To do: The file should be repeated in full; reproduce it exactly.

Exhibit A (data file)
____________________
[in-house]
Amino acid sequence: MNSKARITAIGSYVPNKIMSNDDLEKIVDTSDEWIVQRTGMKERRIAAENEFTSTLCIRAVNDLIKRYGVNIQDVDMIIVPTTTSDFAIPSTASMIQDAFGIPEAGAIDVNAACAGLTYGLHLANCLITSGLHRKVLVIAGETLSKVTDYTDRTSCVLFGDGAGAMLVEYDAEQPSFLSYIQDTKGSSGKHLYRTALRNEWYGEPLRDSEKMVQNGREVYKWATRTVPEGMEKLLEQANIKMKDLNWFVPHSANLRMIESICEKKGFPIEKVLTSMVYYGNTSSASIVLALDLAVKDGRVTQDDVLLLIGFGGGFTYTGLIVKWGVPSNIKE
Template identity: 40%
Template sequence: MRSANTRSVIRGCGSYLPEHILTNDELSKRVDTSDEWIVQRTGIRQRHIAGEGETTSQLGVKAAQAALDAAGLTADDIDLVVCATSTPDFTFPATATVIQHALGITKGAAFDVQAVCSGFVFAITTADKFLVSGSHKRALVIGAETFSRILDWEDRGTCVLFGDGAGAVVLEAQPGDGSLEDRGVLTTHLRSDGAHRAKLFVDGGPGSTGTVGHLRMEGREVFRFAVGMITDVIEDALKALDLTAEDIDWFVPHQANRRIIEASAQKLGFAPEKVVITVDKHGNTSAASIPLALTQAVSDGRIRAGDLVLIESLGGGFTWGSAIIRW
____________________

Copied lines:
[in-house]
Amino acid sequence: MNSKARITAIGSYVPNKIMSNDDLEKIVDTSDEWIVQRTGMKERRIAAENEFTSTLCIRAVNDLIKRYGVNIQDVDMIIVPTTTSDFAIPSTASMIQDAFGIPEAGAIDVNAACAGLTYGLHLANCLITSGLHRKVLVIAGETLSKVTDYTDRTSCVLFGDGAGAMLVEYDAEQPSFLSYIQDTKGSSGKHLYRTALRNEWYGEPLRDSEKMVQNGREVYKWATRTVPEGMEKLLEQANIKMKDLNWFVPHSANLRMIESICEKKGFPIEKVLTSMVYYGNTSSASIVLALDLAVKDGRVTQDDVLLLIGFGGGFTYTGLIVKWGVPSNIKE
Template identity: 40%
Template sequence: MRSANTRSVIRGCGSYLPEHILTNDELSKRVDTSDEWIVQRTGIRQRHIAGEGETTSQLGVKAAQAALDAAGLTADDIDLVVCATSTPDFTFPATATVIQHALGITKGAAFDVQAVCSGFVFAITTADKFLVSGSHKRALVIGAETFSRILDWEDRGTCVLFGDGAGAVVLEAQPGDGSLEDRGVLTTHLRSDGAHRAKLFVDGGPGSTGTVGHLRMEGREVFRFAVGMITDVIEDALKALDLTAEDIDWFVPHQANRRIIEASAQKLGFAPEKVVITVDKHGNTSAASIPLALTQAVSDGRIRAGDLVLIESLGGGFTWGSAIIRW